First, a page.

Level Crossings
Stephen Barclay: To ask the Secretary of State for Transport whether his Department provides guidance on the maximum acceptable time for a level crossing to be closed to road traffic in any one hour. [52543]
Mrs Villiers: The Department for Transport does not provide guidance on the maximum acceptable time for a level crossing to be down in any hour. Management of level crossings is an operational matter for Network Rail as the owner and operator of the national rail network. Additionally the Office of Rail Regulation (ORR) publishes guidance for level crossings on its website. The hon. Member may wish to contact Network Rail’s chief executive at the following address for a response to his question:
David Higgins
Chief Executive
Network Rail
Kings Place
90 York Way
London, N1 9AG
Stephen Barclay: To ask the Secretary of State for Transport on how many occasions the Ely level crossing has been closed to trains in the last 12 months for which figures are available; and on how many occasions damage occurred to the crossing barrier as a result of road vehicles. [52542]
Mrs Villiers: This is an operational matter for Network Rail as the owner and operator of the national rail network. Network Rail can be contacted at the following address:
David Higgins
Chief Executive
Network Rail
Kings Place
90 York Way
London, N1 9AG
Motorcycles
John Woodcock: To ask the Secretary of State for Transport (1) how many submissions he has received since June 2010 from (a) motorcycle trainers and (b) provisional motorcycle licence holders on (i) the national network of multi-purpose test centres and (ii) a single motorcycle test event; and what arrangements he has made for representation of the views of motorcycle trainers and provisional motorcycle licence holders on the Motorcycle Test Review Working Group; [51575]
(2) what the name is of each current and former member of the Motorcycle Test Review Working Group. [51576]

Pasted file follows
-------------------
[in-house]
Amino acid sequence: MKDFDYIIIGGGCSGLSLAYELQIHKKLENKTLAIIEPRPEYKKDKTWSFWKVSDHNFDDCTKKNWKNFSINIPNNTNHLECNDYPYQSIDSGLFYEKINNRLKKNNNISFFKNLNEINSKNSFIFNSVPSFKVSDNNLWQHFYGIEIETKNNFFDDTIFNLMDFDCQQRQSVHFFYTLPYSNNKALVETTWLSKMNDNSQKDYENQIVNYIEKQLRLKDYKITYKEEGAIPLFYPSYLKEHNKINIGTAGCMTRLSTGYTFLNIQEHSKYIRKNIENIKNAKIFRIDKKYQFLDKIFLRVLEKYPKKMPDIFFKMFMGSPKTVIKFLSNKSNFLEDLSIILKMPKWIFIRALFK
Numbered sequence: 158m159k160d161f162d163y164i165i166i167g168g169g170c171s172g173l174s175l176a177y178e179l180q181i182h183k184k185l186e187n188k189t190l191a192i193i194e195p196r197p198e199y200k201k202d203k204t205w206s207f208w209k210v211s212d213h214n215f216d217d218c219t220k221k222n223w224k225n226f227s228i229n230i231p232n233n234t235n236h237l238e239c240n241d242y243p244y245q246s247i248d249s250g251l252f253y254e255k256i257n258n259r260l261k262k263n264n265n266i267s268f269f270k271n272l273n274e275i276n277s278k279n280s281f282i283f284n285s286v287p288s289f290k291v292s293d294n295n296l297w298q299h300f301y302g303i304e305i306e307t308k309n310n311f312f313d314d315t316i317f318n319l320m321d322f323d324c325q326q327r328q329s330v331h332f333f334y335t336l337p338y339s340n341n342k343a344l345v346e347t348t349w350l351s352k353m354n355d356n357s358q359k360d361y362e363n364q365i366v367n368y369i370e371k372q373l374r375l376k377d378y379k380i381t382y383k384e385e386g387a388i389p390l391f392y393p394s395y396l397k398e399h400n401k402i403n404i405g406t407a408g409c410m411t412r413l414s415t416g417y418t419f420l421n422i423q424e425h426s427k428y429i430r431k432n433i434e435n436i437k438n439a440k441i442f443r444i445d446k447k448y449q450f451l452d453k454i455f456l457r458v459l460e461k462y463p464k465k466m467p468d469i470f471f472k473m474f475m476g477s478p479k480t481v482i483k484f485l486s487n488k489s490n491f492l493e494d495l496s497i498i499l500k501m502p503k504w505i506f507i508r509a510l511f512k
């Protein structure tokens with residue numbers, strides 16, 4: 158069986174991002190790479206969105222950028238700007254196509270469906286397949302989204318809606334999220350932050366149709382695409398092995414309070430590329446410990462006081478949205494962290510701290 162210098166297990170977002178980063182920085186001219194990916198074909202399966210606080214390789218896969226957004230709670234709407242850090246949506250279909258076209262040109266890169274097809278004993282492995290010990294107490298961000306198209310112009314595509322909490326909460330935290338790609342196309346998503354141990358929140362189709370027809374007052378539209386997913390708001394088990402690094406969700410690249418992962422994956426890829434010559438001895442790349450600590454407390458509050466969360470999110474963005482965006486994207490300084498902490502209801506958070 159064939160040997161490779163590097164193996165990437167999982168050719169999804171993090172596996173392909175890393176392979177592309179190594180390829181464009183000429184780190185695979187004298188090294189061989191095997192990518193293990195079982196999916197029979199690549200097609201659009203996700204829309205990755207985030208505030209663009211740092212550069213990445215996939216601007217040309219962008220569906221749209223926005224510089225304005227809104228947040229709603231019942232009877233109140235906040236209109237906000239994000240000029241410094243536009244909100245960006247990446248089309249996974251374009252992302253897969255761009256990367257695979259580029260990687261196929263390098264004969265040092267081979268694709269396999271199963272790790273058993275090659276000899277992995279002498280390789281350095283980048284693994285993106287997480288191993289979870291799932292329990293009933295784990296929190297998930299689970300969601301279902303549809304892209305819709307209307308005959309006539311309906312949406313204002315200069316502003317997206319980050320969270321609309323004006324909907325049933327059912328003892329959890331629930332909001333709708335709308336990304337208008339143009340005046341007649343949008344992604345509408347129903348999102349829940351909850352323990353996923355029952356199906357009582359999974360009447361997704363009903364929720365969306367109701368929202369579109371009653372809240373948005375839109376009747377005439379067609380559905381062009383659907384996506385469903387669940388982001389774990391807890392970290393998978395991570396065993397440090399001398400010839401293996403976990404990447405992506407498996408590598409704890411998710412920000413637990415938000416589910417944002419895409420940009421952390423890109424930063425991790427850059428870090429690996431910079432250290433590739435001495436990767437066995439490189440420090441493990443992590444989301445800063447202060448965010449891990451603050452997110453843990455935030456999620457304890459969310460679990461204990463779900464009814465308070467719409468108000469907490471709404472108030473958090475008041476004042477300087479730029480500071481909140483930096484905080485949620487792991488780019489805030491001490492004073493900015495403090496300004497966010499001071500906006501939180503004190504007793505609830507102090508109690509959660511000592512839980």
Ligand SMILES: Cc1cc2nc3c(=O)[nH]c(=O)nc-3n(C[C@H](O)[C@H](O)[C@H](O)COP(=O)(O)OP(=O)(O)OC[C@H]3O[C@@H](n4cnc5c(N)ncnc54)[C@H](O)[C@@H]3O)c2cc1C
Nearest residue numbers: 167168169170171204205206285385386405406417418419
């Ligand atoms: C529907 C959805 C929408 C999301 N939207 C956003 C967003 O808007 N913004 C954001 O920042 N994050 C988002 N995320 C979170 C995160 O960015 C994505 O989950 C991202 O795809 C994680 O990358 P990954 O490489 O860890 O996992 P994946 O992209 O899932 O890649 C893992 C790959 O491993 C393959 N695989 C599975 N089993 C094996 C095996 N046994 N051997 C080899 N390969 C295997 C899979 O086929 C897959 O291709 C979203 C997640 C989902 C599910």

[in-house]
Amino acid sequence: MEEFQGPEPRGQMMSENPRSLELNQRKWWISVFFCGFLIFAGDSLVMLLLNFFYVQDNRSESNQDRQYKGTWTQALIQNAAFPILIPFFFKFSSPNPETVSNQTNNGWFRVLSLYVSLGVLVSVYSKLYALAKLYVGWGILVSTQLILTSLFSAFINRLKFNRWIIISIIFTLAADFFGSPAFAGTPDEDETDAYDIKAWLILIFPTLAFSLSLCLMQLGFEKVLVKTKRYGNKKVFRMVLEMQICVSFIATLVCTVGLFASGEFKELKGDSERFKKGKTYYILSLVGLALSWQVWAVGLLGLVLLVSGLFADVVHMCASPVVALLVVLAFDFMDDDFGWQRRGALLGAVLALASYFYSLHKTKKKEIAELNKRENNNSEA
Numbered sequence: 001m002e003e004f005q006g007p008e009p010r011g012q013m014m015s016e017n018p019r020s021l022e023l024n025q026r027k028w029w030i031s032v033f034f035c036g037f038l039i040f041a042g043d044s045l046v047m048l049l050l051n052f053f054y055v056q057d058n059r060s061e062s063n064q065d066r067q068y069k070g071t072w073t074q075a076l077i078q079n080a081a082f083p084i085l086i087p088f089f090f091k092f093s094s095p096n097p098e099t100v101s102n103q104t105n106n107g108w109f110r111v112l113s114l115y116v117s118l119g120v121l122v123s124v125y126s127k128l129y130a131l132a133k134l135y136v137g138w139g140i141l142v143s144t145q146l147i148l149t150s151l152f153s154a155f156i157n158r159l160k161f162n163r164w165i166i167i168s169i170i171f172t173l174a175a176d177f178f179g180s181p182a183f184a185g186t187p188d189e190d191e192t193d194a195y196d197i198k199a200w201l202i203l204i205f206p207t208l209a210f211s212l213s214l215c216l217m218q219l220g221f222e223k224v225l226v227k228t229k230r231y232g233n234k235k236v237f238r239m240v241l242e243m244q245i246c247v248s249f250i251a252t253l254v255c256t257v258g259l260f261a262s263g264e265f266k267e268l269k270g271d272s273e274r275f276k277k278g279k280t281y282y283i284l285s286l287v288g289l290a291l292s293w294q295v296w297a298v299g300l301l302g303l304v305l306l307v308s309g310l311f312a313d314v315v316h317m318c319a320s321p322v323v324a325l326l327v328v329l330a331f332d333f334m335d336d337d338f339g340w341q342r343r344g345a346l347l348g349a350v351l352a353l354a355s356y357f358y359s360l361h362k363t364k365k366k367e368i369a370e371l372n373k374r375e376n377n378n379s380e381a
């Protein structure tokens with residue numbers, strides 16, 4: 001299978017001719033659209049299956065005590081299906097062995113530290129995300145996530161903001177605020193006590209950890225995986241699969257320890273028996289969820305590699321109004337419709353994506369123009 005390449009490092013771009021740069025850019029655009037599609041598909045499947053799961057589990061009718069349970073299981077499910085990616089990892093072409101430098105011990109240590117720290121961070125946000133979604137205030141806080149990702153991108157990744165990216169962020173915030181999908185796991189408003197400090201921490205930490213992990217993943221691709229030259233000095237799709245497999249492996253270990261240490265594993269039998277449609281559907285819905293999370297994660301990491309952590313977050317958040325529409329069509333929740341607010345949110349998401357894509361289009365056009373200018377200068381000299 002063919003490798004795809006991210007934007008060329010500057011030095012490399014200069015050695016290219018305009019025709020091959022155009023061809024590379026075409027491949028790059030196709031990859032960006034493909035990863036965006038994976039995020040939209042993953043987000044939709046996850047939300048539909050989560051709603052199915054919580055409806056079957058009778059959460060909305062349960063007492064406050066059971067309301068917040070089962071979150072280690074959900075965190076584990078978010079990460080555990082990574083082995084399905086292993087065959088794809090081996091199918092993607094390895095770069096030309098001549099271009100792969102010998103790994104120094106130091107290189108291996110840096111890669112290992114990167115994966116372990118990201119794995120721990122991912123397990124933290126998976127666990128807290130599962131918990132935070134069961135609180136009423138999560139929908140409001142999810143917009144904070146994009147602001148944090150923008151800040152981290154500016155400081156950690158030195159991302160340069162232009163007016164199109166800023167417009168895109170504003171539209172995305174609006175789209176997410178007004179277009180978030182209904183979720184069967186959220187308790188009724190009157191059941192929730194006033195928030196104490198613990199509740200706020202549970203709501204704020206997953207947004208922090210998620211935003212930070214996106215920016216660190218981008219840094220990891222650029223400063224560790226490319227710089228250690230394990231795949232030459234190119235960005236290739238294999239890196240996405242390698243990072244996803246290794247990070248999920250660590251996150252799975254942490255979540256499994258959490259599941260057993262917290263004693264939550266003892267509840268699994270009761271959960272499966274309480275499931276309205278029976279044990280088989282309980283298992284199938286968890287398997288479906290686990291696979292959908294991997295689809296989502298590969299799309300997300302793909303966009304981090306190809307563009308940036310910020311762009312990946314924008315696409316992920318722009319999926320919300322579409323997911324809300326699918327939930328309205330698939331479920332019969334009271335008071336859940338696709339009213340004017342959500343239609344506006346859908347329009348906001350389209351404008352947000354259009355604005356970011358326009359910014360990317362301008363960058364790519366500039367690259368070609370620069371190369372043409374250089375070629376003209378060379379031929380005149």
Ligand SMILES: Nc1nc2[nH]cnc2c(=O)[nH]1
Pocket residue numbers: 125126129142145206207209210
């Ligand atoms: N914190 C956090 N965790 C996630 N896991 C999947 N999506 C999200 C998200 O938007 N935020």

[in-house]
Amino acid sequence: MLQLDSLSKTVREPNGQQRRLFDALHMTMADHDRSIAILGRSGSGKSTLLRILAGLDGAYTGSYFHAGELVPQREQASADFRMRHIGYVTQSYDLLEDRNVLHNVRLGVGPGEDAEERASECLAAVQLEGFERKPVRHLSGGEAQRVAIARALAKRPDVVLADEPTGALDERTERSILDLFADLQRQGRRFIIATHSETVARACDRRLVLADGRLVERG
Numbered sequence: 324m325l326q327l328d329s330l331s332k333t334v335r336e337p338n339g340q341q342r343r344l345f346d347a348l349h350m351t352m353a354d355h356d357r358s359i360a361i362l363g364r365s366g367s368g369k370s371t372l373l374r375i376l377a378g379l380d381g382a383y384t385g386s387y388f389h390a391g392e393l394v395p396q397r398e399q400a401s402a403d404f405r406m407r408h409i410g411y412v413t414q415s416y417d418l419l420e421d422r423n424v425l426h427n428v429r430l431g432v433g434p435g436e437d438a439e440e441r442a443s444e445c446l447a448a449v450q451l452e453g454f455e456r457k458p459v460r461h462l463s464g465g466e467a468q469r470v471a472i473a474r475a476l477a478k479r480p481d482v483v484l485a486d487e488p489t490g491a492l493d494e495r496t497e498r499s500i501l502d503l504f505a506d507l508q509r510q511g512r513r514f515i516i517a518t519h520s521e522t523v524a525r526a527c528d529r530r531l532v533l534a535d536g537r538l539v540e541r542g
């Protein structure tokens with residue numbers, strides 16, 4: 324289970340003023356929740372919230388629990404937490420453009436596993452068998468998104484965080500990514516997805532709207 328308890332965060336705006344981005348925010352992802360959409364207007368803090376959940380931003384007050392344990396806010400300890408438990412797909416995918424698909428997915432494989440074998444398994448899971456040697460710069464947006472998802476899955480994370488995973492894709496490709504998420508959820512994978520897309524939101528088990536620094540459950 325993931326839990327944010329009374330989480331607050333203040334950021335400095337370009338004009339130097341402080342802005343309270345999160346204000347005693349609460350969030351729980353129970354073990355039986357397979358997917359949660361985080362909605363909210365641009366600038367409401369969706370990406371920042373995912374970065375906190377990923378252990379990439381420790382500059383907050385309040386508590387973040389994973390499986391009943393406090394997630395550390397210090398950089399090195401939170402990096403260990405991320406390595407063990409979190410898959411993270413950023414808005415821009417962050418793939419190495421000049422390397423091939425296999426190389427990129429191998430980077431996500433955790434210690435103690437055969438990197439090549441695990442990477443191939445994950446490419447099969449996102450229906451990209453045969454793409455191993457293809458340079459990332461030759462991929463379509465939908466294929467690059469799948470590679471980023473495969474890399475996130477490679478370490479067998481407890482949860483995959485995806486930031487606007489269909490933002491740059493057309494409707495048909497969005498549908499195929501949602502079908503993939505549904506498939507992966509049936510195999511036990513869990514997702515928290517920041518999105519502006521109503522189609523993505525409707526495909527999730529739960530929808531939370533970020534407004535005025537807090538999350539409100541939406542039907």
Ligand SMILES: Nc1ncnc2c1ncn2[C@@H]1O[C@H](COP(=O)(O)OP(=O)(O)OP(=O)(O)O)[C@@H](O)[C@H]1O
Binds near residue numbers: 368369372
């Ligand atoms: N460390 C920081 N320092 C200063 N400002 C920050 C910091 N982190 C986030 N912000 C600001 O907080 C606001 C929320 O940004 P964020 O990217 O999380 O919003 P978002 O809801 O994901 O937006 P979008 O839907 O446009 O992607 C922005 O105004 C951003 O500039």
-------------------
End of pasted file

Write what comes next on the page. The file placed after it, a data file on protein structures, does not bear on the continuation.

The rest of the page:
Mike Penning: A public consultation was held on the scope of the motorcycle test review in June-July 2010. There were 489 responses, of which 105 were from motorcycle trainers and 30 from learner motorcyclists. 49 of the submissions from motorcycle trainers and 11 from learner motorcyclists mentioned the national network of multi-purpose test centres. 19 of the submissions from the motorcycle trainers mentioned a single motorcycle test event, but none of the submissions from learners.
The motorcycle test review working group and technical sub group include a number of representatives of motorcycle trainers and motorcycle user groups.
Individual names of people who have served on Working Groups are private data, but we will seek the agreement of all members to their disclosure and expect to provide all names in the main review report. The organisations represented on the motorcycle test review working group and technical sub-group are as follows:
Members of the working group:
Department for Transport
Driving Standards Agency
Motorcycle Industry Association
Motorcycle Industry Trainers Association
Motorcycle Action Group
British Motorcyclists Federation
Public and Commercial Services Union
Road Safety Great Britain
Royal Society for Prevention of Accidents
The Parliamentary Advisory Council for Transport Safety was also involved in the initial stages of the review.
Members of the technical sub group:
Department for Transport
Driving Standards Agency
Motorcycle Industry Association
Motorcycle Industry Trainers Association
Motorcycle Action Group
Public and Commercial Services Union
Biketrain Wales
CamRider
Streetwise Training
Fast-trak Training was also involved in the initial stages of the review.
John Woodcock: To ask the Secretary of State for Transport pursuant to the answer to the hon. Member of Ceredigion of 23 June 2010, Official Report, columns 245-46W, on motorcycles: driving tests, what the location is of each multi-purpose test centre; how many are (a) leased and (b) publicly-owned; what the length of each lease agreement is; what the break options in each case are; and what estimate he has made of the likely cost to the public purse of termination in each such case. [51600]
Mike Penning: The Driving Standards Agency has 52 Multi Purpose Test Centres (MPTC). Of these:
45 are leasehold properties of which five are ground leases
Six are freehold properties
One property is subject to a Civil Estate Occupation Agreement (CEOA)
The location and lease information of each MPTC has been placed in the Libraries of the House. QSA has not estimated the cost of terminating each lease agreement. To end any lease agreement DSA would have to activate break clauses under the terms of the lease, and to do this successfully the Agency must comply with all the lease covenants. Actioning a break clause does not depend on negotiating a financial settlement.
Parking: Disabled
Stephen Williams: To ask the Secretary of State for Transport if he will bring forward proposals to provide for enforcement of disabled parking bays. [51252]